School funding cuts will damage economy, city councils warn
School funding cuts will affect the quality of education children receive, starve businesses of skilled employees and ultimately damage the prospects of the UK economy, according to London Councils and Core Cities UK, which represent local authorities in London, Birmingham, Bristol, Cardiff, Glasgow, Leeds, Liverpool, Manchester, Newcastle, Nottingham and Sheffield.
In a joint letter to Ms Greening, both groups say squeezed budgets could damage city growth and development. They urge the government to invest £335 million nationally to enable the new funding formula to be introduced without any funding cuts to any schools in the country.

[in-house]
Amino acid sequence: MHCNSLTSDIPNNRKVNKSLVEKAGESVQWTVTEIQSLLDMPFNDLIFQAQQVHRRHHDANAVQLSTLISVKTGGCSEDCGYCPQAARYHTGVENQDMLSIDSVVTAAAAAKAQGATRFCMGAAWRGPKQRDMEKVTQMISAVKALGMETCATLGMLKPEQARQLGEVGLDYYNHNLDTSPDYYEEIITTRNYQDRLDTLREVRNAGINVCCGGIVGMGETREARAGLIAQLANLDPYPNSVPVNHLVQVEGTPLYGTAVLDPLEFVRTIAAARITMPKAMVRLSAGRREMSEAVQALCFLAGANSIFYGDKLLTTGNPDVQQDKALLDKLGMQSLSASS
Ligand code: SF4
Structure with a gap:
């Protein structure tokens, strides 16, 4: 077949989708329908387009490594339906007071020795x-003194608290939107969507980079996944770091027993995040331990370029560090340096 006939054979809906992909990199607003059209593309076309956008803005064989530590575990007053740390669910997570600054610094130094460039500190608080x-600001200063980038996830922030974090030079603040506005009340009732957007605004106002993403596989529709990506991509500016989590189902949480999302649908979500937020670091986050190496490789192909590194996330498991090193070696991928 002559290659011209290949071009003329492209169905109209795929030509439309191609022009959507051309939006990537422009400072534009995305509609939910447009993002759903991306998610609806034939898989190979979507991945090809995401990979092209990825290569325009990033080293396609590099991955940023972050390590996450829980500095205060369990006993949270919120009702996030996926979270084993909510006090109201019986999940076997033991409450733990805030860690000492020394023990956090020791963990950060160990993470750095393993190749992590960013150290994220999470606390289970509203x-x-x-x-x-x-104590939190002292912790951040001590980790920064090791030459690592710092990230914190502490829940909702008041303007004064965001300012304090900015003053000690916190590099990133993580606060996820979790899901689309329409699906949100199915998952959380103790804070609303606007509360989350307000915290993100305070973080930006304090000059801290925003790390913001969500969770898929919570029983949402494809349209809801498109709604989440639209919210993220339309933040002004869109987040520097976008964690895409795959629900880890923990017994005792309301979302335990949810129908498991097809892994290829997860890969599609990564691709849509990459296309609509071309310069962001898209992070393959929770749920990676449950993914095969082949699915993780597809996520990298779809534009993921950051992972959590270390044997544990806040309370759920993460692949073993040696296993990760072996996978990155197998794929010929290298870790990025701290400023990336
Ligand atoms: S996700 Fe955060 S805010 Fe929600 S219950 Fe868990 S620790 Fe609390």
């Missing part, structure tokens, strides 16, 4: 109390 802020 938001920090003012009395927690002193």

Judith Blake, leader of Core Cities UK, said: “Together, London Councils and the Core Cities represent areas that drive 50 per cent of the UK economy, which is why we are urging government to recognise that reducing funding for our schools will deal a huge blow to growth and productivity.
“If we do not act now, local labour markets in the UK’s most productive cities will not have access to the right mix of skills to attract and retain business.”
Claire Kober, chair of London Councils, said: “Transforming school performance requires both leadership and investment, which is why we are calling on government to find an additional £335 million to ensure no school loses out as a result of the national funding formula.
“Finding additional resources can be a challenge, but failing to invest in schools now will have a range of damaging consequences, not only on young people themselves but on the cities they live in too.”